1. Your mood will improve.
You know how sometimes it takes a glass of wine or a square (or three) of dark chocolate to blunt the edge of a rough day? Well, going for a walk is a zero-calorie strategy with the same benefits. Research shows that regular walking actually modifies your nervous system so much that you'll experience a decrease in anger and hostility. What's more, when you make your walks social—you stride with, say, your partner, a neighbor, or a good friend—that interaction helps you feel connected, which boosts mood. Finally, walking outdoors exposes you to natural sunlight, which can help stave off Seasonal Affective Disorder (SAD)—making it a potential antidote for the winter blues.
2. Your creative juices will start flowing.
Whether you're feeling stuck at work or you've been searching for a solution to a tricky problem, research shows it's a good idea to get moving: According to a 2014 study in the Journal of Experimental Psychology, Learning, Memory, and Cognition, going for a walk can spark creativity. Researchers administered creative-thinking tests to subjects while seated and while walking and found that the walkers thought more creatively than the sitters.
3. Your jeans will get a little looser.
This one may seem obvious, but it's certainly a happy benefit for those who start walking regularly. As you continue to walk, you may notice your pants begin to fit more loosely around your midsection, even if the number on the scale isn't moving much. That's because regular walking can help improve your body's response to insulin, which can help reduce belly fat. Walking every day is one of the most effective low-impact ways to mobilize fat and positively alter body composition. Daily walking increases metabolism by burning extra calories and by preventing muscle loss, which is particularly important as we get older.
4. You'll slash your risk of chronic disease.
The statistics are impressive: The American Diabetes Association says walking lowers your blood sugar levels and your overall risk for diabetes. Researchers at the University of Boulder Colorado and the University of Tennessee found that regular walking lowered blood pressure by as much as 11 points and may reduce the risk of stroke by 20% to 40%. One of the most cited studies on walking and health, published in the New England Journal of Medicine in 2002, found that those who walked enough to meet physical activity guidelines (30 or more minutes of moderate activity on 5 or more days per week) had a 30% lower risk of cardiovascular disease, compared with those who did not walk regularly. The physical benefits of walking are well documented. With impressive results like these, there's a good chance you'll get a pat on the back from your doc at your next checkup.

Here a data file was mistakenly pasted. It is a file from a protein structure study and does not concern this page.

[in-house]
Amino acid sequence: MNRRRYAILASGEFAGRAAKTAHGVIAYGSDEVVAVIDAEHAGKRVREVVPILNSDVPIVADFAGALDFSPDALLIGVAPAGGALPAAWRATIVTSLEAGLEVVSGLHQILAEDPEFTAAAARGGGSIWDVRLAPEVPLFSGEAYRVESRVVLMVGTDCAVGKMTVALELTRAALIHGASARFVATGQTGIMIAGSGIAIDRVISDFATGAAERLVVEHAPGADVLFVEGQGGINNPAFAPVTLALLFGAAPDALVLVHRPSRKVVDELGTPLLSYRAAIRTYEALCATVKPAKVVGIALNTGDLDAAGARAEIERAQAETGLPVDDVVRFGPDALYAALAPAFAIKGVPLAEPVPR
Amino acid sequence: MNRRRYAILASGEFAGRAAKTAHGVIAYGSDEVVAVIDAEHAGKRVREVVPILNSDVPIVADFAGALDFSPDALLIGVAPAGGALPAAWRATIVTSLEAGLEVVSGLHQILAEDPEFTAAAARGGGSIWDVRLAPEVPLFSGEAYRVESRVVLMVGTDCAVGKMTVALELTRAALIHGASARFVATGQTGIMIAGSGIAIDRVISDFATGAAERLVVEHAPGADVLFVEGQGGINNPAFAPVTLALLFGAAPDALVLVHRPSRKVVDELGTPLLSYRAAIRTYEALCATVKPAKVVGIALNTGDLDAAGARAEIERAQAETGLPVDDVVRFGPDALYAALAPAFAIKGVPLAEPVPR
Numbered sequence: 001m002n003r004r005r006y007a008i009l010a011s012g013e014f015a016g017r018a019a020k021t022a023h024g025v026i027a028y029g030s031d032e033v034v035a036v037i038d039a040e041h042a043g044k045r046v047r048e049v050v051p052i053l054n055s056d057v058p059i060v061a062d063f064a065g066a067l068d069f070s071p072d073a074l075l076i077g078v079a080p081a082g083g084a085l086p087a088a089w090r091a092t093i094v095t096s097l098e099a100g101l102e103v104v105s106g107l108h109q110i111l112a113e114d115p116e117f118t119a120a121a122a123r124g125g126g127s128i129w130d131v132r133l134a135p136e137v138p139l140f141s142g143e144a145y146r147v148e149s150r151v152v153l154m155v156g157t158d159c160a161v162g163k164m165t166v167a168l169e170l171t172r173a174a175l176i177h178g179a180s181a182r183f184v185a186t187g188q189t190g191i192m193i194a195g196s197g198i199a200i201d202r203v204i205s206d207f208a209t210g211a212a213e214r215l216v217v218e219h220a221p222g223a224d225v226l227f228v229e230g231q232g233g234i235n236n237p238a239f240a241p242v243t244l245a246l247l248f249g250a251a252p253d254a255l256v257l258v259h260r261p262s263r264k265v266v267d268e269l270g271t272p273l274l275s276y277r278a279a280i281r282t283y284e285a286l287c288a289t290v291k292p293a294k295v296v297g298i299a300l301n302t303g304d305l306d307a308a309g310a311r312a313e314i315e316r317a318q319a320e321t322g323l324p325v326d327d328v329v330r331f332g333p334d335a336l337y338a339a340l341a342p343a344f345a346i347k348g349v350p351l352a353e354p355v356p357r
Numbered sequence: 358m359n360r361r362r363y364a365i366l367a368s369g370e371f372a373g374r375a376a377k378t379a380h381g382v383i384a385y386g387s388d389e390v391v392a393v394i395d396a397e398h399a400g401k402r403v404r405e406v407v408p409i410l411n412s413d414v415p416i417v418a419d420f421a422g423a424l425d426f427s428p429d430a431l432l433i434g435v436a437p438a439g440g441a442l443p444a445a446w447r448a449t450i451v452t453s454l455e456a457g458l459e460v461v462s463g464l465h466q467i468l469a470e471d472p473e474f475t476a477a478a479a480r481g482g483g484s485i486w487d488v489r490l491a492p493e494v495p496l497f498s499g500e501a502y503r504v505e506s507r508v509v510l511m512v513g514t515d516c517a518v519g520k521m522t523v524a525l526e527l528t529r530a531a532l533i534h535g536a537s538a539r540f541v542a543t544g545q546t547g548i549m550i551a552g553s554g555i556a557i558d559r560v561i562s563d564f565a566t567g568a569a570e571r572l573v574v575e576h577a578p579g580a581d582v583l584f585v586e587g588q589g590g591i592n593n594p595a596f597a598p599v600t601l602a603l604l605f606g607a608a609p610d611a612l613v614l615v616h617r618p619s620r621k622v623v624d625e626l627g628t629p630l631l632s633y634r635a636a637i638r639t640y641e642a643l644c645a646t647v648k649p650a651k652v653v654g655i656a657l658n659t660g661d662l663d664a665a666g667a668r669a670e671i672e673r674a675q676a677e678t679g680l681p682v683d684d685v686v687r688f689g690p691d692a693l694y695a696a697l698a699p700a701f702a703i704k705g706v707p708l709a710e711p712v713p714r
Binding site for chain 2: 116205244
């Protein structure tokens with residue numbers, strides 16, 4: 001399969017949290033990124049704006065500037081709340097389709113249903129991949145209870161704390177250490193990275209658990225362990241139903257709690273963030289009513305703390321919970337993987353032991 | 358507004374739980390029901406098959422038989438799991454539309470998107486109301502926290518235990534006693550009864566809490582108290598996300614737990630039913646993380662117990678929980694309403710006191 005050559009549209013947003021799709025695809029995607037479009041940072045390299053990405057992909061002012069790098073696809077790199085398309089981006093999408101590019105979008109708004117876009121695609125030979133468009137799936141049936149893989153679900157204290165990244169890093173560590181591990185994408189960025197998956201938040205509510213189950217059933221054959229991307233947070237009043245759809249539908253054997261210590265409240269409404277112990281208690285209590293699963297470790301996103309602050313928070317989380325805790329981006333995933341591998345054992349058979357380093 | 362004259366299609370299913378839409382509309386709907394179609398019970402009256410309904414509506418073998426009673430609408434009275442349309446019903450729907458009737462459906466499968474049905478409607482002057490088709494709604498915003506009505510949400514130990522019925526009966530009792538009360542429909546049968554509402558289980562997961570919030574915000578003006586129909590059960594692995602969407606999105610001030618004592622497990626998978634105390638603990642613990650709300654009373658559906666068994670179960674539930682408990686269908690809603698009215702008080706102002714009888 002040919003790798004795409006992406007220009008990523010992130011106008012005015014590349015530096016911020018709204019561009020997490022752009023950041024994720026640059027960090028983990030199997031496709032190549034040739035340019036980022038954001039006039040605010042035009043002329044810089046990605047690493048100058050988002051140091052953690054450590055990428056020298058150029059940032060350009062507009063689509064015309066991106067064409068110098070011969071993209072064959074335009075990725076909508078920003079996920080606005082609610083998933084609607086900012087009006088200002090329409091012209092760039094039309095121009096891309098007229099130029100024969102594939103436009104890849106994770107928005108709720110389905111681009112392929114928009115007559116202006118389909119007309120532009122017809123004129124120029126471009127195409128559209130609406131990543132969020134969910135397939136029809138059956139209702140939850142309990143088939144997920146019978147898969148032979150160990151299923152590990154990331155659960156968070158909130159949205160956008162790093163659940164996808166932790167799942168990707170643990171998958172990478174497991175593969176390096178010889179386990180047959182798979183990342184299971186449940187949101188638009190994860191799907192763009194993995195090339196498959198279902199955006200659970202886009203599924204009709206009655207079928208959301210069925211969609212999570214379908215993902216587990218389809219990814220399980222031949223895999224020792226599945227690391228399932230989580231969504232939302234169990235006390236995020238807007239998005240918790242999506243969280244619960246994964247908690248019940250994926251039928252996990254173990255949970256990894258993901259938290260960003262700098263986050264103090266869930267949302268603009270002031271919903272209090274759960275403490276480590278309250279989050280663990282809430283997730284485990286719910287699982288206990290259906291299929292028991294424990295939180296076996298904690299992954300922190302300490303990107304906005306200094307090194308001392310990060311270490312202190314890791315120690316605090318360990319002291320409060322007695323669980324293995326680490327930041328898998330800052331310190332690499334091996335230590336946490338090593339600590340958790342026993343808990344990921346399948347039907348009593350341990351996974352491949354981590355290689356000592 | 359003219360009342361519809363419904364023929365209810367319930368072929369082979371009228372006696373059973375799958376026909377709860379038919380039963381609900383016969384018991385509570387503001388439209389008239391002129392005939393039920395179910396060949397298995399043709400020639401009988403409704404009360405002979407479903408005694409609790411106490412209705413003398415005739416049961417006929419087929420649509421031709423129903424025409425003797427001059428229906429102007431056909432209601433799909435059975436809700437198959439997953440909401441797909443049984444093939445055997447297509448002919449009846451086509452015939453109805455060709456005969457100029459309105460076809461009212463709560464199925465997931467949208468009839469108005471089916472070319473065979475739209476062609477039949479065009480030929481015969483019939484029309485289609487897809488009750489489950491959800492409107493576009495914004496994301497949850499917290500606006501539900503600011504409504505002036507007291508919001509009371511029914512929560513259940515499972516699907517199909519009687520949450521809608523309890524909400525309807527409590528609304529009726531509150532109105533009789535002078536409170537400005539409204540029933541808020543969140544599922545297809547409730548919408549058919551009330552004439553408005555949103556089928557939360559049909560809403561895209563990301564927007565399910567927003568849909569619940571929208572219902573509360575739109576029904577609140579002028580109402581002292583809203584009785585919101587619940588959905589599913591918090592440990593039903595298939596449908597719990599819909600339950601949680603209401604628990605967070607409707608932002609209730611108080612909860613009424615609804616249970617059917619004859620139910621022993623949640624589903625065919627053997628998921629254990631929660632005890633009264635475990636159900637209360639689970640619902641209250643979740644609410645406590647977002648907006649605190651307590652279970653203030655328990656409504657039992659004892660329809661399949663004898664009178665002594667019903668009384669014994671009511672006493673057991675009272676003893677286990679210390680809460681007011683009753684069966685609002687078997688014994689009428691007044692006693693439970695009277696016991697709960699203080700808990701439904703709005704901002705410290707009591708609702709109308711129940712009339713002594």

5. You'll keep your legs looking great.
As we age, our risk of unsightly varicose veins increases—it's just not fair. However, walking is a proven way to prevent those unsightly lines from developing. The venous system includes a circulatory section known as 'the second heart,' which is formed by muscles, veins, and valves located in our calf and foot. This system works to push blood back up to the heart and lungs—and walking strengthens this secondary circulatory system by strengthening and preserving leg muscle, which boosts healthy blood flow. If you already suffer from varicose veins, walking daily can help ease related swelling and restlessness in your legs, says Navarro. Also, if you are genetically predisposed to have varicose and/or spider veins, walking daily can help delay the onset.
6. You'll start to get more "regular."
If you currently praise coffee for keeping your digestive system going strong, get ready to start thanking your morning walk instead. That's because a regular walking routine can greatly improve gastric mobility. One of the very first things an abdominal surgery patient is required to do is to walk because it utilizes core and abdominal muscles, encouraging movement in our GI system.
7. Your other goals will start to seem more reachable.
When you become a regular walker, you will have established a regular routine—and when you have a routine, you are more likely to continue with the activity and take on new healthy behaviors. We firmly believe that walking regularly can help you to accomplish other goals you set your mind to!